|| Print ||
|Articles - Jan/Feb 2012|
|Thursday, January 19, 2012|
Page 1 of 2
By Jon Bell
Daniella and Elliott Crowder have owned their coastal bike shop, Bike Newport, since 2005, when they sold their restaurant in Grants Pass and headed for Newport. In that time, they’ve built a solid biking business and because they also offer laundry, showers and a lounge, the shop has become a destination for hundreds of cyclists who pedal the length of the Oregon Coast every summer.
In addition, the Crowders have found themselves catering to another niche in Newport as well: riders related to the hub of marine science and ocean research that’s been rising in Newport over the past few years. Not only does Bike Newport do a decent amount of business with employees of Oregon State University’s Hatfield Marine Science Center, but several of those employees also make up the shop’s racing team. And since the National Oceanic and Atmospheric Administration moved its Pacific Marine Operations Center to Newport from Seattle in 2011, the Crowders have been servicing many NOAA employees, many of whom bike as their main mode of on-land transportation.
“We have personally seen a lot of repair business from the NOAA staff and ships,” says Daniella Crowder. “The crews often have bikes on board to use when they get to a new port and they take quite a beating when out at sea.”
The anecdotal uptick is a sign to Crowder and others in Newport that NOAA, the HMSC and other endeavors associated with oceanic research are starting to make economic waves alongside the small community’s more traditional economic engines.
“The traditional economic structure in Newport has always been fishing, tourism and logging,” says Shawn Rowe, a marine education and learning specialist at HMSC, “and while none of those are going away, now there’s a fourth leg of the stool around ocean sciences.”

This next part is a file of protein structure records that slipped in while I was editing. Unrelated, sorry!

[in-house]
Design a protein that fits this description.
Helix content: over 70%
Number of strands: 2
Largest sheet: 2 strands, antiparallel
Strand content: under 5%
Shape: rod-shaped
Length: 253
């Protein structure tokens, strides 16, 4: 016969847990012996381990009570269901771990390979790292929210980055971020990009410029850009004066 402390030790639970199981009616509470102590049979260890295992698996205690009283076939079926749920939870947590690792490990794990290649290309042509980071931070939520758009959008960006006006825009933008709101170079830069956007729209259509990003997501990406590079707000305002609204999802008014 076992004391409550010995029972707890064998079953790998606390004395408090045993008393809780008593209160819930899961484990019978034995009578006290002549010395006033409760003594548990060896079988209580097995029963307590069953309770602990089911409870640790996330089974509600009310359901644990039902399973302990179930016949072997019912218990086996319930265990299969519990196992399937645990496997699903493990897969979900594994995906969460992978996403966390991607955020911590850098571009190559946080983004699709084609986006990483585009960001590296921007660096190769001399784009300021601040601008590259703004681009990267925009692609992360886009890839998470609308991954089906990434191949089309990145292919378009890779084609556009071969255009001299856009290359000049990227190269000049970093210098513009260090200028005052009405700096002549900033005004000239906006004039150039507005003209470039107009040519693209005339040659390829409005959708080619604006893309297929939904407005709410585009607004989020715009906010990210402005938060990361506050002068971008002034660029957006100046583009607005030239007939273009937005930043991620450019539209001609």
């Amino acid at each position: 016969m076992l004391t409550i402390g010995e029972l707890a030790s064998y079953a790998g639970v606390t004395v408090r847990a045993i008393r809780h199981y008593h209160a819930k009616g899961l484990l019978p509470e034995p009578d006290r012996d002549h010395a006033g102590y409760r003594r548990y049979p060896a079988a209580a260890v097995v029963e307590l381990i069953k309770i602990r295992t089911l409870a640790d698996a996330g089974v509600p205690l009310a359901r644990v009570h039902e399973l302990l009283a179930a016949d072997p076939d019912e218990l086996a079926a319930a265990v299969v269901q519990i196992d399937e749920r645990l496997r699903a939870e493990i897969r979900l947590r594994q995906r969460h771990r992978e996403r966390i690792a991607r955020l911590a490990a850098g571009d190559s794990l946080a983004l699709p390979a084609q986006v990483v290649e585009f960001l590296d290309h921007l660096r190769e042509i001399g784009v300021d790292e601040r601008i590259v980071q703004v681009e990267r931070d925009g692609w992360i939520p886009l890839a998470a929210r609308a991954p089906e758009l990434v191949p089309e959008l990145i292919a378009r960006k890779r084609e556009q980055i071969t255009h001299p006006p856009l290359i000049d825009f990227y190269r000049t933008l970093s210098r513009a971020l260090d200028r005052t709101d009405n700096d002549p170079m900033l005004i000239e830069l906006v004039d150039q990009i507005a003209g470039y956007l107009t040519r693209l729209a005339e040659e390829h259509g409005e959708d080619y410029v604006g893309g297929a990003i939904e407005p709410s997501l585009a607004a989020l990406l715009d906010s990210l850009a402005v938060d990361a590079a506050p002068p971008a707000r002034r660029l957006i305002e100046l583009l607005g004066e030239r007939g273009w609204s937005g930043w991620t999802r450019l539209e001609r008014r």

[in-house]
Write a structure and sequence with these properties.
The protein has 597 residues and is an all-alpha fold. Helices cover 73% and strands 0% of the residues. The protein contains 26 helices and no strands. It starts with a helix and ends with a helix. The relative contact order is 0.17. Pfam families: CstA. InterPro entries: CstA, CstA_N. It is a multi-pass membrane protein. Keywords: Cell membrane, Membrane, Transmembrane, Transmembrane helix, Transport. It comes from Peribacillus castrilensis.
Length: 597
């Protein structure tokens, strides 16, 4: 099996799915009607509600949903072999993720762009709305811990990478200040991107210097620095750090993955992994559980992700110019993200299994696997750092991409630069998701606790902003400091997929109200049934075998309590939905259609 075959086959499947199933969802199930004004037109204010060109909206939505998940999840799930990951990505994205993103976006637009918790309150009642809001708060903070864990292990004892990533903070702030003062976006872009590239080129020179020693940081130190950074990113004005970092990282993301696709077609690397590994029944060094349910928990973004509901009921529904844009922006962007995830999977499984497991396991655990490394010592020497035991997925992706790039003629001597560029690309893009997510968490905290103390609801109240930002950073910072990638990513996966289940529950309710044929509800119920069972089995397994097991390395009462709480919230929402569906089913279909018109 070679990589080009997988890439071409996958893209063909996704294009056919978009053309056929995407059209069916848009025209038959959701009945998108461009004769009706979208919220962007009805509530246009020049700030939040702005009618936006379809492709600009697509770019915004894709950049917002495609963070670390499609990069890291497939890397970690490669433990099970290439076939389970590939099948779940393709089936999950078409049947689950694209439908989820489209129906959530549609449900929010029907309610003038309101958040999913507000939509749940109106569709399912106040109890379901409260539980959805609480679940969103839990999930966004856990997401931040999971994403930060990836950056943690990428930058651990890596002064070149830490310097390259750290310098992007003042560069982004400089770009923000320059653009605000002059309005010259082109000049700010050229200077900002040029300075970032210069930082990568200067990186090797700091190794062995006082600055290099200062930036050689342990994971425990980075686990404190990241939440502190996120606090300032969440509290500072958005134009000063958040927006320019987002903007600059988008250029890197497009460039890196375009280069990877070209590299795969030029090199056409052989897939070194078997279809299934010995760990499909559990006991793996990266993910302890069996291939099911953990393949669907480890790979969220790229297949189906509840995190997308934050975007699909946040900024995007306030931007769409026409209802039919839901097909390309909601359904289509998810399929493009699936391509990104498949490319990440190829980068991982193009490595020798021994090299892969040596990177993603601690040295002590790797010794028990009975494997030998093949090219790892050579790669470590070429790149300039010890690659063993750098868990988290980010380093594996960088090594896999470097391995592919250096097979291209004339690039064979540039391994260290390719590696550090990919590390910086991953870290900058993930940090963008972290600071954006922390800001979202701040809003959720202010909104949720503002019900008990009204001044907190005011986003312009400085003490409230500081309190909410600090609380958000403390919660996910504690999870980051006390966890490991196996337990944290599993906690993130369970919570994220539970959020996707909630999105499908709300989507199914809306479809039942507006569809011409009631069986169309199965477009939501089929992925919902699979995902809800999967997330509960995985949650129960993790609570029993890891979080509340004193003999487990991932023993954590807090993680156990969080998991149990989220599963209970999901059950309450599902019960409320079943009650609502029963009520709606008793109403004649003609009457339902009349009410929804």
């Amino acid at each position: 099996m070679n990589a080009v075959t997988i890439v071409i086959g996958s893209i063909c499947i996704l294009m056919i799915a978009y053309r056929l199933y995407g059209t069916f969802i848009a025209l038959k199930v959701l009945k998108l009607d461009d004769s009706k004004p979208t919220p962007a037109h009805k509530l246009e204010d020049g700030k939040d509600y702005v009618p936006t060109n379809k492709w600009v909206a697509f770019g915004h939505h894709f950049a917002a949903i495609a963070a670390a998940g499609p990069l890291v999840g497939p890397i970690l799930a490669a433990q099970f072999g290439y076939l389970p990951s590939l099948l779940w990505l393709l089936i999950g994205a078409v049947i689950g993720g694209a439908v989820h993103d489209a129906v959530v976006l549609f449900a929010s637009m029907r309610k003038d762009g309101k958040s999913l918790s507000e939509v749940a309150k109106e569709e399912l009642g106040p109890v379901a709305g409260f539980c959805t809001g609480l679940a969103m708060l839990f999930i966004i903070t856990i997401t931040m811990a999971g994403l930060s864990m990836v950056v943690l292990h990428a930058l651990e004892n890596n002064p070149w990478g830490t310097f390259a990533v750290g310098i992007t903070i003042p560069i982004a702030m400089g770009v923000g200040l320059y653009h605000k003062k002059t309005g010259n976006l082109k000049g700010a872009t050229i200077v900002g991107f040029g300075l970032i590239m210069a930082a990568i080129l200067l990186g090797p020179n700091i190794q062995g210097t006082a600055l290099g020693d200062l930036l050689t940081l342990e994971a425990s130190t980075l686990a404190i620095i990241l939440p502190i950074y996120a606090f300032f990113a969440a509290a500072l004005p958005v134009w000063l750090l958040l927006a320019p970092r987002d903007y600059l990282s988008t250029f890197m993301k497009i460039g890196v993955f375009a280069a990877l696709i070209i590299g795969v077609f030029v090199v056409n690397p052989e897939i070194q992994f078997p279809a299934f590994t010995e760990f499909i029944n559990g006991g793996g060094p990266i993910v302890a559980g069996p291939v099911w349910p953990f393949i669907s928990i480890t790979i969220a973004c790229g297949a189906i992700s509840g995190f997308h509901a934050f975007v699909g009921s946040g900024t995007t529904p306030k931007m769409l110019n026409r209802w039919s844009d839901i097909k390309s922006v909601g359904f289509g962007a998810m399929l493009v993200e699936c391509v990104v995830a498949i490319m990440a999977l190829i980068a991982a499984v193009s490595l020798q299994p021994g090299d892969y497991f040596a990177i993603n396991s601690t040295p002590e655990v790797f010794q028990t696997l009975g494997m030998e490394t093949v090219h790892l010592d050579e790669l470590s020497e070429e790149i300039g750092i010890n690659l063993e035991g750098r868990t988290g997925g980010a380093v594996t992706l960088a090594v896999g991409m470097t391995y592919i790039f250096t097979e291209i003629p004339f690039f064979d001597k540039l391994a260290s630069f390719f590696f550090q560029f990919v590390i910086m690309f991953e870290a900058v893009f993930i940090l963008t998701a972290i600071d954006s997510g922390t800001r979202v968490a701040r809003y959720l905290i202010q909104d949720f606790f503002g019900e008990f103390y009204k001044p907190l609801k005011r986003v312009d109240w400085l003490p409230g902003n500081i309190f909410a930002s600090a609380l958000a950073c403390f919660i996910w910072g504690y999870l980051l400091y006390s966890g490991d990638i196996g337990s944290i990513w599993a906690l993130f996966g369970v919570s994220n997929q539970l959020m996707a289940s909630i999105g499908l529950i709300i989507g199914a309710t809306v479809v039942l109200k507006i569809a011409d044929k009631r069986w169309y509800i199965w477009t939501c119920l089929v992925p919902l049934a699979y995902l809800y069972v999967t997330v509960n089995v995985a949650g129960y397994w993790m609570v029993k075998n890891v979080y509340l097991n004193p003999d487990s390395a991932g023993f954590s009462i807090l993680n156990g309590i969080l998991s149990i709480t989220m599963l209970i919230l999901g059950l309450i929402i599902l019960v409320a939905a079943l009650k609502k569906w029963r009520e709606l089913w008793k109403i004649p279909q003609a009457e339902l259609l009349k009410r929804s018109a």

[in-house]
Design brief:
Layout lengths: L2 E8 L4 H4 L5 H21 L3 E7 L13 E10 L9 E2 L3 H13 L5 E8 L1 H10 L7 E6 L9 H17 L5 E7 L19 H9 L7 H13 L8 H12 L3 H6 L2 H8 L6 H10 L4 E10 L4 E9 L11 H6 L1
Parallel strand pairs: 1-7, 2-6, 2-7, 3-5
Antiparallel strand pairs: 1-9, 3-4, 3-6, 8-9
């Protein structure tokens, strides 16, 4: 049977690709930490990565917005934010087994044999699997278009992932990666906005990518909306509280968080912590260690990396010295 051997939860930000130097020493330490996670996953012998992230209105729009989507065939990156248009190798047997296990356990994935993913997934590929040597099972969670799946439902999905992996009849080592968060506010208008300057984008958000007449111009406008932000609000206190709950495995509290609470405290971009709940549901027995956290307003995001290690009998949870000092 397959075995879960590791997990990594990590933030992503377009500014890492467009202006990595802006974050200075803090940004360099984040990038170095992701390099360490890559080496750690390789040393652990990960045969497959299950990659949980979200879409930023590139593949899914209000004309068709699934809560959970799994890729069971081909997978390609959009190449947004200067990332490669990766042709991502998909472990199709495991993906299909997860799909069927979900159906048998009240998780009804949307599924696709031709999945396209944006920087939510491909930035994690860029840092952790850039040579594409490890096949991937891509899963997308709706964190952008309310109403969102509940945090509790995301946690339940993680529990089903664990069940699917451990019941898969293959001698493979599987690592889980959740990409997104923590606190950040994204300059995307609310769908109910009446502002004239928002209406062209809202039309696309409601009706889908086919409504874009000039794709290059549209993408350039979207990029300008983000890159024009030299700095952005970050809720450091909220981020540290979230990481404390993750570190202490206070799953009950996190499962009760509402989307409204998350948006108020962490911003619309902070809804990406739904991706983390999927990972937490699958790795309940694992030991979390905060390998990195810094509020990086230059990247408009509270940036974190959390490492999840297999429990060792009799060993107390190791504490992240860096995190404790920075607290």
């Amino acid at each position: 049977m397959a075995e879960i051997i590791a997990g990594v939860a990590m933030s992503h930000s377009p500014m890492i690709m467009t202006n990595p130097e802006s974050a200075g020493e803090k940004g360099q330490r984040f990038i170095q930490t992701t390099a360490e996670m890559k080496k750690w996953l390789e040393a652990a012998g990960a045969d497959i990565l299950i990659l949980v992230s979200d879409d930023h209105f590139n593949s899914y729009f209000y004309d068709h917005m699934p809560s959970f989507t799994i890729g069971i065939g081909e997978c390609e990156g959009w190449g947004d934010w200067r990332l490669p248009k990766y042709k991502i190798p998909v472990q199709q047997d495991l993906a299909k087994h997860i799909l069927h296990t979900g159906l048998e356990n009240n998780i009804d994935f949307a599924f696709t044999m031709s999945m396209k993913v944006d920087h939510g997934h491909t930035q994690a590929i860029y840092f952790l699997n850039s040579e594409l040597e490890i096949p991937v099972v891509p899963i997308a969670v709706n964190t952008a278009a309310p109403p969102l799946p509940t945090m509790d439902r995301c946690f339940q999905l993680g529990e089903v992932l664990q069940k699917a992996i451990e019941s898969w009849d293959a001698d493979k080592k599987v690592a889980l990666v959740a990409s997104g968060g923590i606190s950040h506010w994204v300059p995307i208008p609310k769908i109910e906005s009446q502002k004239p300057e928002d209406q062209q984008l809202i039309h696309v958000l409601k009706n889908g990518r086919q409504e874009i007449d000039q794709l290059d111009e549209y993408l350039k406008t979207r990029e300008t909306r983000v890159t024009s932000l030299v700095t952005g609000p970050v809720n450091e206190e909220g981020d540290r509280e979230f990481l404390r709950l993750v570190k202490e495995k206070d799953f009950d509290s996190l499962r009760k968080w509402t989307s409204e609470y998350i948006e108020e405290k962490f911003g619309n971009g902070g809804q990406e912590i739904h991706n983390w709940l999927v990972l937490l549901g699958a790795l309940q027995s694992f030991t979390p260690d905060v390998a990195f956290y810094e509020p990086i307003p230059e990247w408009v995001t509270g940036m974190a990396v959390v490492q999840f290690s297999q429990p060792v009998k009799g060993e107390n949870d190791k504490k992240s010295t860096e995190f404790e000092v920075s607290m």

Although the NOAA relocation — its $38 million facilities, six ships, estimated 175 jobs and potential economic impact of nearly $20 million a year — has grabbed most of the attention around Newport of late, other research-related endeavors have been churning as well. At the science center, Rowe is also the director of education for Oregon Sea Grant, which is part of a national organization that funds research in coastal and Great Lakes states. In October, the National Science Foundation awarded Oregon Sea Grant a five-year, $2.6 million research grant to study how people learn across their lifespan and how to improve those experiences.
Newport, which is home to not only the HMSC but also the Oregon Aquarium, is an ideal place for such research, Rowe says, in part because of the sheer number of people who visit both places for educational experiences. HMSC, which employs close to 300 people, sees 150,000 visitors a year, including 12,000 students, and the aquarium draws nearly half a million.
Even though the grant will result in only two jobs, Rowe says receiving such a large grant — the largest in Oregon Sea Grant’s 40-year history — from a prominent national foundation will help further boost HMSC toward the ranks of big-league ocean research centers like the renowned Scripps Institution of Oceanography in San Diego.